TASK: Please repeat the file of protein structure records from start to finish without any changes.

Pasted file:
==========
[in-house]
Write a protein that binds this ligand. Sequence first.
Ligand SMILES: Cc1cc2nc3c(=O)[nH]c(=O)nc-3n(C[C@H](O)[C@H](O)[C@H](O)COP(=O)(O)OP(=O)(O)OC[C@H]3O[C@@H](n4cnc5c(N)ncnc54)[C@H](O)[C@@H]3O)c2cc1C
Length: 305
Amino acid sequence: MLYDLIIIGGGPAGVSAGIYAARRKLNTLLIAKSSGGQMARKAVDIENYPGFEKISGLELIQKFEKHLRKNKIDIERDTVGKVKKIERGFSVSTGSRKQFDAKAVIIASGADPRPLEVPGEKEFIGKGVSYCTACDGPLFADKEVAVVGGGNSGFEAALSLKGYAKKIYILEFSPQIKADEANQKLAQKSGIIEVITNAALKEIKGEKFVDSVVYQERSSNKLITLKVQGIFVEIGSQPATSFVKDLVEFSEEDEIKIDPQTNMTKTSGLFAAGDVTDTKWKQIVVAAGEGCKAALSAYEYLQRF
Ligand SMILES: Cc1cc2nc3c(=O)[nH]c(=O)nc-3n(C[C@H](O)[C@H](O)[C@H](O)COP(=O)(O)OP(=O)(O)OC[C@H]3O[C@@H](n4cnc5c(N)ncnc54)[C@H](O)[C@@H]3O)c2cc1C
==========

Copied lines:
[in-house]
Write a protein that binds this ligand. Sequence first.
Ligand SMILES: Cc1cc2nc3c(=O)[nH]c(=O)nc-3n(C[C@H](O)[C@H](O)[C@H](O)COP(=O)(O)OP(=O)(O)OC[C@H]3O[C@@H](n4cnc5c(N)ncnc54)[C@H](O)[C@@H]3O)c2cc1C
Length: 305
Amino acid sequence: MLYDLIIIGGGPAGVSAGIYAARRKLNTLLIAKSSGGQMARKAVDIENYPGFEKISGLELIQKFEKHLRKNKIDIERDTVGKVKKIERGFSVSTGSRKQFDAKAVIIASGADPRPLEVPGEKEFIGKGVSYCTACDGPLFADKEVAVVGGGNSGFEAALSLKGYAKKIYILEFSPQIKADEANQKLAQKSGIIEVITNAALKEIKGEKFVDSVVYQERSSNKLITLKVQGIFVEIGSQPATSFVKDLVEFSEEDEIKIDPQTNMTKTSGLFAAGDVTDTKWKQIVVAAGEGCKAALSAYEYLQRF
Ligand SMILES: Cc1cc2nc3c(=O)[nH]c(=O)nc-3n(C[C@H](O)[C@H](O)[C@H](O)COP(=O)(O)OP(=O)(O)OC[C@H]3O[C@@H](n4cnc5c(N)ncnc54)[C@H](O)[C@@H]3O)c2cc1C